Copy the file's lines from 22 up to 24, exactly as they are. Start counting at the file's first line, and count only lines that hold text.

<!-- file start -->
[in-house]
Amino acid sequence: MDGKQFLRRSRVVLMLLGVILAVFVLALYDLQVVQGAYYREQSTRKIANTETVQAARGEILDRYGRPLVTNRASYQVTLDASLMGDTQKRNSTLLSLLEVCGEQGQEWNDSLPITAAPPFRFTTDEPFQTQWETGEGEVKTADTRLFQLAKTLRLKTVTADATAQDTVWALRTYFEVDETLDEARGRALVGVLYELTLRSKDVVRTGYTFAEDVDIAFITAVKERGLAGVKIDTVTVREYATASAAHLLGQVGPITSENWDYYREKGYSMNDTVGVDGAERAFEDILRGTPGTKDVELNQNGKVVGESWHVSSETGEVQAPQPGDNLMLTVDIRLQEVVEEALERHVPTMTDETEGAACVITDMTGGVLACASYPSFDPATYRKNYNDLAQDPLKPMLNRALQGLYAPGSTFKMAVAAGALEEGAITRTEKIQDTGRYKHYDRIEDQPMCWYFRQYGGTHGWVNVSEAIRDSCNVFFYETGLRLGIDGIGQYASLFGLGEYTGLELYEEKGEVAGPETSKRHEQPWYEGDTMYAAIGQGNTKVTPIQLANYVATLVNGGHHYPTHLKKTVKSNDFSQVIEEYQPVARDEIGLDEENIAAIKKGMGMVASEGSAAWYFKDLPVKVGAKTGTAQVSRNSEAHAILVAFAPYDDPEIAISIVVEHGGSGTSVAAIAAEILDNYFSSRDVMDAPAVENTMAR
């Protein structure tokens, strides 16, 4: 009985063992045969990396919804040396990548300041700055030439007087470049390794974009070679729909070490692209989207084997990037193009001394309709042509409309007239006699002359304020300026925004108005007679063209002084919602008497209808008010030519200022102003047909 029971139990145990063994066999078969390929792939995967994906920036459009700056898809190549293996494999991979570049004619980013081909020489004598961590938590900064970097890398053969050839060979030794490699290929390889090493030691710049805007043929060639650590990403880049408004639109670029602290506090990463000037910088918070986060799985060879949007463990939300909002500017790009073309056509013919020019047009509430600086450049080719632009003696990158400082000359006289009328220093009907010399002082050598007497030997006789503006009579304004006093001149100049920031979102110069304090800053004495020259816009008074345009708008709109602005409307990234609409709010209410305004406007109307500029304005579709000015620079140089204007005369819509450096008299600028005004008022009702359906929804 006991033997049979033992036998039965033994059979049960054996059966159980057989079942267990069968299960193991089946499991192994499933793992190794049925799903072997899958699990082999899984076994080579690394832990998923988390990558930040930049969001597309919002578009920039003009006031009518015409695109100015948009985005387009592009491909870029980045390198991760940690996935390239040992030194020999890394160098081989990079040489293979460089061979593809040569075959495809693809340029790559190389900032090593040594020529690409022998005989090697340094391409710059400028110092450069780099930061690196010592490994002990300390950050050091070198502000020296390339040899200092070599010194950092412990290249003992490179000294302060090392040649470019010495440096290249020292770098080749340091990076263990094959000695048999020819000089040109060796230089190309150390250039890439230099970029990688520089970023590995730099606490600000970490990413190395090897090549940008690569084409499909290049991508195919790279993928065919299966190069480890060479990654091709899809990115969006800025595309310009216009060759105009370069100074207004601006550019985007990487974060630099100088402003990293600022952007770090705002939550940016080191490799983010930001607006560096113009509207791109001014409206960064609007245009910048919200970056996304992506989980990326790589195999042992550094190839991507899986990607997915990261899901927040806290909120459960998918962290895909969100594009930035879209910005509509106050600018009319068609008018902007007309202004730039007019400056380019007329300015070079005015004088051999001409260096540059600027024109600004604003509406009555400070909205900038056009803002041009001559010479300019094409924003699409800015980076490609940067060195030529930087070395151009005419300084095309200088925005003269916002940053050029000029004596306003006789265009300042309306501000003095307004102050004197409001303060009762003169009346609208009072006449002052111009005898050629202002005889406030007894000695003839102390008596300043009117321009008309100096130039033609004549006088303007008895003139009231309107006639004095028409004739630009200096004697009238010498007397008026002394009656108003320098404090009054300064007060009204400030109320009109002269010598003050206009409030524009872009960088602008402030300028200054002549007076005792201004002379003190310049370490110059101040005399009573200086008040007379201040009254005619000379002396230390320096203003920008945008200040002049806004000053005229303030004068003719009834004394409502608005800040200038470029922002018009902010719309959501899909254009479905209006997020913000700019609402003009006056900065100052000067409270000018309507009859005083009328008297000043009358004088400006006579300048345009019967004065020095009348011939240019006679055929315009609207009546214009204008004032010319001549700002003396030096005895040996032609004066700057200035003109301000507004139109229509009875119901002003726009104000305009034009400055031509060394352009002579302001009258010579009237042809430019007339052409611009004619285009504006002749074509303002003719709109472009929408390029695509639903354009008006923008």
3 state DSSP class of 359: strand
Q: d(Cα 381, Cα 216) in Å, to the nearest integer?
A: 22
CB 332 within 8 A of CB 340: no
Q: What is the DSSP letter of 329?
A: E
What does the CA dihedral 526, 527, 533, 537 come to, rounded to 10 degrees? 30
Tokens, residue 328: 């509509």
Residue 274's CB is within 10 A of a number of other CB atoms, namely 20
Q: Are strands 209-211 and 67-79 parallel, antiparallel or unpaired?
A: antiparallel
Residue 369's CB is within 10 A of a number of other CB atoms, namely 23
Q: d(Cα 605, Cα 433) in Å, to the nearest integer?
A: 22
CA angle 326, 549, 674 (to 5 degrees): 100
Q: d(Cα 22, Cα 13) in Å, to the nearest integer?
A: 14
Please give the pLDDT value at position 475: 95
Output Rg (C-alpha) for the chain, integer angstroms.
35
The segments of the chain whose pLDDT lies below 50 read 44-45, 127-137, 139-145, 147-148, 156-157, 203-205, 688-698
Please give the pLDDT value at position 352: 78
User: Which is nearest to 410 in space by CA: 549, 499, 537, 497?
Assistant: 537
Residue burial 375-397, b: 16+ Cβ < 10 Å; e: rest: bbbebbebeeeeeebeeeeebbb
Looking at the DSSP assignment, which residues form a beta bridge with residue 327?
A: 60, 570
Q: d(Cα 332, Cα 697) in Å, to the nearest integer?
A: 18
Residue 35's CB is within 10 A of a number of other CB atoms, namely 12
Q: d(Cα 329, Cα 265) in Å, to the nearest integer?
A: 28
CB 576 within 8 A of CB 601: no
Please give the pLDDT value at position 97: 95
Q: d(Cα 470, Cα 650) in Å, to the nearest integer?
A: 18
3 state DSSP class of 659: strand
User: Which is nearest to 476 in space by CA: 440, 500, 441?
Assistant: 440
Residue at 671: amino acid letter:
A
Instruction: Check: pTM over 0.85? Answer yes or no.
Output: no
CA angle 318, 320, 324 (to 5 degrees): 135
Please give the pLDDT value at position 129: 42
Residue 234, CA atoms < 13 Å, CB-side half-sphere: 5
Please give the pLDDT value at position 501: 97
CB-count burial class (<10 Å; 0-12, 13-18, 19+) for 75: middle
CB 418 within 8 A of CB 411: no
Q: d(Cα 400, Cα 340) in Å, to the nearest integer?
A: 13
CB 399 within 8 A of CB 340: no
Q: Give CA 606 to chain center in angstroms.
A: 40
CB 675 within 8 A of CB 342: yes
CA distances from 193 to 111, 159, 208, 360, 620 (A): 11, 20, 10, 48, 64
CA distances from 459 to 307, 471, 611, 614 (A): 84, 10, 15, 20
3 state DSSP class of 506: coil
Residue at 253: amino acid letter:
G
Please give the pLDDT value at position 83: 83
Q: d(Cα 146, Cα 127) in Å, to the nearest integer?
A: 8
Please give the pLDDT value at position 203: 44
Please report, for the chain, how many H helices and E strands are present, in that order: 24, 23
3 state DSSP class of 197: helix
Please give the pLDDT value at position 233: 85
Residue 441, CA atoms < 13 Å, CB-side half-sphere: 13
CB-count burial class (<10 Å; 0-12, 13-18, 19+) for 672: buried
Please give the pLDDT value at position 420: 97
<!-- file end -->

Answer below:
Output Rg (C-alpha) for the chain, integer angstroms.
35
The segments of the chain whose pLDDT lies below 50 read 44-45, 127-137, 139-145, 147-148, 156-157, 203-205, 688-698